Trainers tell me all the time about the issues they have around using slides in their training sessions. There are too many slides, they’re too wordy, they take too long to create, they must be approved by subject-matter experts—the list goes on and on. When I hear these comments, I shake my head in dismay. Why, you ask? As instructional designers or course leaders, we are the ones who deliver the content—the slides are just visual aids there to enhance what we are doing.
Langevin recommends a training ratio of 1/3 presentation to 2/3 application and feedback. This training best practice is effective and follows one of the principles of adult learning: adult learners learn best by doing. By applying this strategy to our instructional design, our participants will leave our training sessions with the skills and knowledge to do their jobs. When people must learn, and perform complex skills, actual practice time is critical.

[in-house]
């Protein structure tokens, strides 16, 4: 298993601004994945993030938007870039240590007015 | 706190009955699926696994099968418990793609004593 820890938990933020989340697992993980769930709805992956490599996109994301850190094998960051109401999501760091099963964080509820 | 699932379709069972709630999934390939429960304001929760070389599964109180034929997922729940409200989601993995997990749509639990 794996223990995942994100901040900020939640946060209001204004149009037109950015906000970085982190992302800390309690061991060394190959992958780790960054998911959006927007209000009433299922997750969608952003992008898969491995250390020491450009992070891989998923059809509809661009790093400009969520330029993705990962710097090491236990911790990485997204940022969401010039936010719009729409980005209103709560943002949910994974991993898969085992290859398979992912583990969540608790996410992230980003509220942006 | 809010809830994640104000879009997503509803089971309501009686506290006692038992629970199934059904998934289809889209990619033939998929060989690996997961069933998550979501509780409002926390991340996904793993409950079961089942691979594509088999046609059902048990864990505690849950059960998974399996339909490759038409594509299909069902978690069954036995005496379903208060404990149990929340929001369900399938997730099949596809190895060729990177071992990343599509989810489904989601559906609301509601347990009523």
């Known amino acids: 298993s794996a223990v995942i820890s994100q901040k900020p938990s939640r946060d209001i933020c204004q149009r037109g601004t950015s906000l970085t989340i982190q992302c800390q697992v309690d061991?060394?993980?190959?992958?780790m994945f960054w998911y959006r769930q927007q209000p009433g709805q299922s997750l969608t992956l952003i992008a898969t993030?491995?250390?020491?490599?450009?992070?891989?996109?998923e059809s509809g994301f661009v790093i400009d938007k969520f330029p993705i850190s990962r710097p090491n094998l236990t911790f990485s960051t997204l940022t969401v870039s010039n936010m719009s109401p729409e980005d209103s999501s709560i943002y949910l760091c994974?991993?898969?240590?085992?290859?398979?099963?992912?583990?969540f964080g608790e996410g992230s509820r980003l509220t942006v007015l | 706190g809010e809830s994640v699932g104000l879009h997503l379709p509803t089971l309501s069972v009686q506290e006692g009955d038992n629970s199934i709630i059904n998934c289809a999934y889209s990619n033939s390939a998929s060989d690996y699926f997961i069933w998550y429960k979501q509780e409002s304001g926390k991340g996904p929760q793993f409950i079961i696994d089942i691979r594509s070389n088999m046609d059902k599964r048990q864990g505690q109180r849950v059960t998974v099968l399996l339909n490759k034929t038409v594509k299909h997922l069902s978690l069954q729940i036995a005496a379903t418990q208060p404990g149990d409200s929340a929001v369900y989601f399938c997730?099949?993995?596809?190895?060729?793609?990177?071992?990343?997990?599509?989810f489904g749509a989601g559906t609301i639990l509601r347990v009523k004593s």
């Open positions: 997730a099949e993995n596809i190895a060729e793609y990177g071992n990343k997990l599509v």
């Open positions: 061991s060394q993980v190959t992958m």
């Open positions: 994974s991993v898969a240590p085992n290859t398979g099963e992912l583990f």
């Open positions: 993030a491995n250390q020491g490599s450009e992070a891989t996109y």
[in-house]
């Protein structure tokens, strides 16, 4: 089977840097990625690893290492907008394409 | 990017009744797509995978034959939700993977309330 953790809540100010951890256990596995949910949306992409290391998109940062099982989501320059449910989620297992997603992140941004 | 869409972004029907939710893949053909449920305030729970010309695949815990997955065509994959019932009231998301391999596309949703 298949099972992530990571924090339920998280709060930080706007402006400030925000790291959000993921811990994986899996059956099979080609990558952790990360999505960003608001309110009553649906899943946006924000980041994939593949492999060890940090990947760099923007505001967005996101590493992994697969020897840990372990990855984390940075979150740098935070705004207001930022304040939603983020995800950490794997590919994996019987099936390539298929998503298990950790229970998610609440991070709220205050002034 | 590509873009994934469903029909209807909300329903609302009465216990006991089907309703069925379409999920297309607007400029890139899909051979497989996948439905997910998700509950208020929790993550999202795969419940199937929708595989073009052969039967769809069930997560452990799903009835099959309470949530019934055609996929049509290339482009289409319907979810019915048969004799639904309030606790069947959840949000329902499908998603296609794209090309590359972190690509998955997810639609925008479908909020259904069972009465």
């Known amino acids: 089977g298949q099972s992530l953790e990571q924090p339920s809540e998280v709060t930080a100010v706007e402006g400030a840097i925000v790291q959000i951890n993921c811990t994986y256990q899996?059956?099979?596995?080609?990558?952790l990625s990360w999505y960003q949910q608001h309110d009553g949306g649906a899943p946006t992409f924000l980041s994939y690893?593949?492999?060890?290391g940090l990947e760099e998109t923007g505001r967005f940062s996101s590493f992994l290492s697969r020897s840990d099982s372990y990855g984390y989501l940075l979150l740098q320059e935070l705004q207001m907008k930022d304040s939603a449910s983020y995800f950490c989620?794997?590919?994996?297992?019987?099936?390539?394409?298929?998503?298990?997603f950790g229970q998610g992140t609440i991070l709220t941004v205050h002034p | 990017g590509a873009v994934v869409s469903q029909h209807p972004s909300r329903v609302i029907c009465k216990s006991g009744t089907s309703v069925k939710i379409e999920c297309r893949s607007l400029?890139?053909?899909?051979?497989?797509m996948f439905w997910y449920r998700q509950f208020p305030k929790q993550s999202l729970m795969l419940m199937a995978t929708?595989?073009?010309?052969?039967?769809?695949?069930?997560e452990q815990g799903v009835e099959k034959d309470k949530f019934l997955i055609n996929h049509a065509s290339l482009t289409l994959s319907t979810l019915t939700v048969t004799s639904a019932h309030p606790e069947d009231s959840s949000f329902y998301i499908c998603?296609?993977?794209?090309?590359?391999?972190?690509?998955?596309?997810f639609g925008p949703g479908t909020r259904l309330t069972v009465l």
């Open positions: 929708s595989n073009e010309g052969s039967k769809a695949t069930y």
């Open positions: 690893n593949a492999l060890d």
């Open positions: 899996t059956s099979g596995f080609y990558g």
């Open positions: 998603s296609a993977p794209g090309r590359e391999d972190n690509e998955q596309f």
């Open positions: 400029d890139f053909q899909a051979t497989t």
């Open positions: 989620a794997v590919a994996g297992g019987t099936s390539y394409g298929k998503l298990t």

Slides are simply a method used to present knowledge to people. We certainly want to ensure they are effectively designed and used strategically; however, don’t forget that as the trainer, YOU teach, the slides don’t!
Here are three main reasons to limit the time you spend creating slides, as well as the number of slides you use:
1. Adult learners have different learning preferences. Some learners may prefer to listen and only briefly scan the slides. Slides can be distracting and cause learners to disengage if they’re used too much.
2. It’s tempting to put too much content on each slide thinking the participants will learn more. Reading can be tiring and cause your learners to “zone out.”
3. Adults learn best by doing. Use your precious instructional design time to create and develop interactive and fun practice exercises. Games, case studies, and role plays will have a huge positive impact on your learner’s skill development!
If you minimize the time you spend agonizing over slide creation, it will result in more fun and engaging training opportunities for both you and your learners, and who doesn’t want that? Check out our Instructional Design for New Designers workshop for more tips on designing effective and engaging training programs!
I’m wondering what your experience has been using slides. What other tips have worked well for YOU? Share your stories in the comments!